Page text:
Rick Jackson was moved when he read a SUCCESS article about how the SUCCESS for Teens program nurtures kids’ leadership and coping skills and their self-esteem. He wanted to reward students who took the program’s lessons to heart, so his Jackson Insurance Agency in Sterling, Colo., in 2012 and 2013 has given an iPad to the student who composes the best essay about his or her takeaways from the program.
Although good writing is a plus, the students are judged on how the SUCCESS for Teens book—central to the program—has affected their lives, as shown by their essays and changes in their behavior. This year’s winner is Taylor Pierce, a 15-year-old sophomore at Sterling High School. SUCCESS for Teens wasn’t “just another book that my teachers are forcing me to read,” Taylor wrote. “[Instead] this book was an opportunity to change an unhappy life into a dream that can come true.”
Her essay mirrors key points in SUCCESS for Teens. “It’s so amazing how a few tips help take the weight off your shoulders,” Taylor wrote. “This book has opened my eyes to how little steps go a long way, [and] I learned that to have better relationships with people, you must have a balanced amount of trust and belief.” As the book recommends, she began taking small, positive steps, such as going to bed earlier and earlier until she wasn’t tired anymore. “Now I am getting better grades, and I’m more alert so my mood has changed, too.” Taylor’s mom, Josie Hector, says, “I like how adult she was about it.”
Jackson and his agency colleagues read and discuss every essay (teachers submit three from each class). “The thing that alarmed me is the percentage of the kids who talked about suicide, of either themselves or somebody they knew, and how this book could help them understand that there are a lot worse things out there than what they’re going through,” he says. In the essays, the students said they “just need to use these eight principles [from the book]…and it could actually change their thinking and their way of life.”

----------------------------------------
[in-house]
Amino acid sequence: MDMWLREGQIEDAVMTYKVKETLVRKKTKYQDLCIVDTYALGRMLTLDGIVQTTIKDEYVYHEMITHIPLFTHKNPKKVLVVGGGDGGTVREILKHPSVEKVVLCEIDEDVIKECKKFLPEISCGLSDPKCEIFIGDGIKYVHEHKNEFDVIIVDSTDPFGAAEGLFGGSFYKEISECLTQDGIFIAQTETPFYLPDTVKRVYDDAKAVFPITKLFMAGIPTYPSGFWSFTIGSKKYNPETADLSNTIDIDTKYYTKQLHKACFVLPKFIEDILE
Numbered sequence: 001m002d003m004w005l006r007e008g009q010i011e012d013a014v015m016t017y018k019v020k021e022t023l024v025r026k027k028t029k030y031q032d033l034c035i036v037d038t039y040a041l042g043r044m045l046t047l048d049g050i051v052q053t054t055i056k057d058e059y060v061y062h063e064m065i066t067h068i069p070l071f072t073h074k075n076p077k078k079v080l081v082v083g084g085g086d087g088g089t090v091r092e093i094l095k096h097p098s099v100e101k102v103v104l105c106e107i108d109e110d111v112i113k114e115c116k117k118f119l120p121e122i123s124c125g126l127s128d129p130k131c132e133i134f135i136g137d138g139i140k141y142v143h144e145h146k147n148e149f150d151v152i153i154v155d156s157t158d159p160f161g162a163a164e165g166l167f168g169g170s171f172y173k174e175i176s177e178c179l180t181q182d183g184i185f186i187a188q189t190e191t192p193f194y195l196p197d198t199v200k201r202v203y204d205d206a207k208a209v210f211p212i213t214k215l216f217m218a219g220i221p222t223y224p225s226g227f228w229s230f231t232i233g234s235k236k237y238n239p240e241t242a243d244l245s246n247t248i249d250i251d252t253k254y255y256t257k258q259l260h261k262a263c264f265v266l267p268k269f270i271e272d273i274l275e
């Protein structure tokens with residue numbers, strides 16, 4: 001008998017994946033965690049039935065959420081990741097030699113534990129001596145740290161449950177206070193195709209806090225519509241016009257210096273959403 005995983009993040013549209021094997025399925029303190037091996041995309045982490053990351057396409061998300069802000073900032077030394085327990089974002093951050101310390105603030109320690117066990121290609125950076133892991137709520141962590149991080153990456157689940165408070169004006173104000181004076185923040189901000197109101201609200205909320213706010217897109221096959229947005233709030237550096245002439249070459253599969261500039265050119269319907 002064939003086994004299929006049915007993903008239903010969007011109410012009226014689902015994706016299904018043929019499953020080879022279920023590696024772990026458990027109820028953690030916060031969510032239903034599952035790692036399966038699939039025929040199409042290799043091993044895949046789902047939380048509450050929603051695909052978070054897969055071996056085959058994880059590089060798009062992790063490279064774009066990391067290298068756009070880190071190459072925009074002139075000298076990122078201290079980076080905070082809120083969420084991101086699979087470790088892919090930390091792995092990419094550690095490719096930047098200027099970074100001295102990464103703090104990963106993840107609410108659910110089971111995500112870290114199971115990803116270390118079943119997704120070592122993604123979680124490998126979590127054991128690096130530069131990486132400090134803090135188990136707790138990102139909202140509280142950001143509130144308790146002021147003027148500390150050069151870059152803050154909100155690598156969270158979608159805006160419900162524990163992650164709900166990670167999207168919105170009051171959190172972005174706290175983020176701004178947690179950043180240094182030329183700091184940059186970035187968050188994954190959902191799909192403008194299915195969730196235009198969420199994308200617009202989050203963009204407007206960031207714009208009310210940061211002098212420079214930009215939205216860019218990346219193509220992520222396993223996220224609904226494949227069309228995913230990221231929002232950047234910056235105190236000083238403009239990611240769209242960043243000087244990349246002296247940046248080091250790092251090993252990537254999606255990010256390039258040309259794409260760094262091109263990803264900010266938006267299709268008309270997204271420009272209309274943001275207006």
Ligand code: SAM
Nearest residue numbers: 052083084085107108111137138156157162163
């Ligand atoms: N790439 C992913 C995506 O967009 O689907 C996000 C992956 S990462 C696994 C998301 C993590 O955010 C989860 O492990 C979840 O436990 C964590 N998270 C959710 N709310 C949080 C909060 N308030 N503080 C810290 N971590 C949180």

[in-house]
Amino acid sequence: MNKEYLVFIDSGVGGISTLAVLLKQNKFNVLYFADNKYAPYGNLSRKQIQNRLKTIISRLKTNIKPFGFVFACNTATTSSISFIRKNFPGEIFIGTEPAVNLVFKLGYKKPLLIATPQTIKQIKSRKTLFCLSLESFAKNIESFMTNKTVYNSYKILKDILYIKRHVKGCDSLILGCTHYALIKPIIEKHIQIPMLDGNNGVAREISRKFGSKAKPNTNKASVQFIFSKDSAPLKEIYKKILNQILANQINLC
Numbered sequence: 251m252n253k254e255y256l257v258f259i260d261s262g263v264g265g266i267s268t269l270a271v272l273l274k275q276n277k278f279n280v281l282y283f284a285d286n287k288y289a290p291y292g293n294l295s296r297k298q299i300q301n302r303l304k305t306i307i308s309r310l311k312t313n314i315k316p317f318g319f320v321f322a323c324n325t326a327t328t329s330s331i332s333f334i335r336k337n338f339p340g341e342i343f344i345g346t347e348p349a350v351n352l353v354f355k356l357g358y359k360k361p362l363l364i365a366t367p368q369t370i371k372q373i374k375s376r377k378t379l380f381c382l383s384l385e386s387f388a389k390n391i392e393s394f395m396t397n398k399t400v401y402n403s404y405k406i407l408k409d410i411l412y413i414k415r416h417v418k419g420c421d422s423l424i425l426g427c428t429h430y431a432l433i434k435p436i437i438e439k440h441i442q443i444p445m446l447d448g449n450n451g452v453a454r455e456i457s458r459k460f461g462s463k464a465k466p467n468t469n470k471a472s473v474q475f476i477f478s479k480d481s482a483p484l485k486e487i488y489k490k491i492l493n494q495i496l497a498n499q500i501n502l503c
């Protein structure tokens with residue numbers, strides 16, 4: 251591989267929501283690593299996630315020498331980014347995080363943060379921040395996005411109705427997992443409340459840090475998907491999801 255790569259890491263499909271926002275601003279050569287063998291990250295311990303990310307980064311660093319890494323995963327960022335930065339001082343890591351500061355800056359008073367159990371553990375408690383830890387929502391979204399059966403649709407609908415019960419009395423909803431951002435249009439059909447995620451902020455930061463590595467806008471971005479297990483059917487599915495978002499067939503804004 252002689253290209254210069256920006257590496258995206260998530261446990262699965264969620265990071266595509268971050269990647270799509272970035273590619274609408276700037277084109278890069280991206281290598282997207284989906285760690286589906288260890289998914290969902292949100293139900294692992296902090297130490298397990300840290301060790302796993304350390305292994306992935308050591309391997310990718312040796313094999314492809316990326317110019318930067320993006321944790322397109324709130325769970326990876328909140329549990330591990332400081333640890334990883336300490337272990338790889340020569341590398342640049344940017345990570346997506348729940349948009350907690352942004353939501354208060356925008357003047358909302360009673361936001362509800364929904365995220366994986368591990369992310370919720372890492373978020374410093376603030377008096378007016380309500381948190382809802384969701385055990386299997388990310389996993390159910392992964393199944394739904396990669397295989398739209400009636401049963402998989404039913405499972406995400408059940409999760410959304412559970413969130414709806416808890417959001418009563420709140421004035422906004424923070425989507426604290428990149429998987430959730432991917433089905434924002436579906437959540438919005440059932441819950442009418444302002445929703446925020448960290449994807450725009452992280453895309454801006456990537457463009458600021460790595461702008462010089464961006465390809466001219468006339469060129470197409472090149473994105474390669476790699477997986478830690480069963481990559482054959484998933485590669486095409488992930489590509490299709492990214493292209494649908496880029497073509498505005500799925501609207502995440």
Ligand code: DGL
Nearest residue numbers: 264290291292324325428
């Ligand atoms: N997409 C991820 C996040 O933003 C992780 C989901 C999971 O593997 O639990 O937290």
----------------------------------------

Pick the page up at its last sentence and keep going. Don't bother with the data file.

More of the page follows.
He persuaded Sterling High, in the hub of northeastern Colorado, and three other schools to use the curriculum. Taylor is proof positive that the program works. She wrote that the book “will help you with decisions, relationships, and even ways to change your life by using these little steps and so much more. Why not read it? I promise you, it will be the best decision you’ve ever made.”
If you’d like to help kids like Taylor or reward them as Jackson has, visit SUCCESSFoundation.org. A Gift of $25 will sponsor a class, and $1,000 sponsors an entire district—but you may make your tax-deductible contribution in any amount. Through these donations, SUCCESS for Teens books (available in print, on CDs and as a download; there’s also a facilitator’s guide) are provided free to schools and other qualifying youth programs. You may request the materials at info@SUCCESSFoundation.org.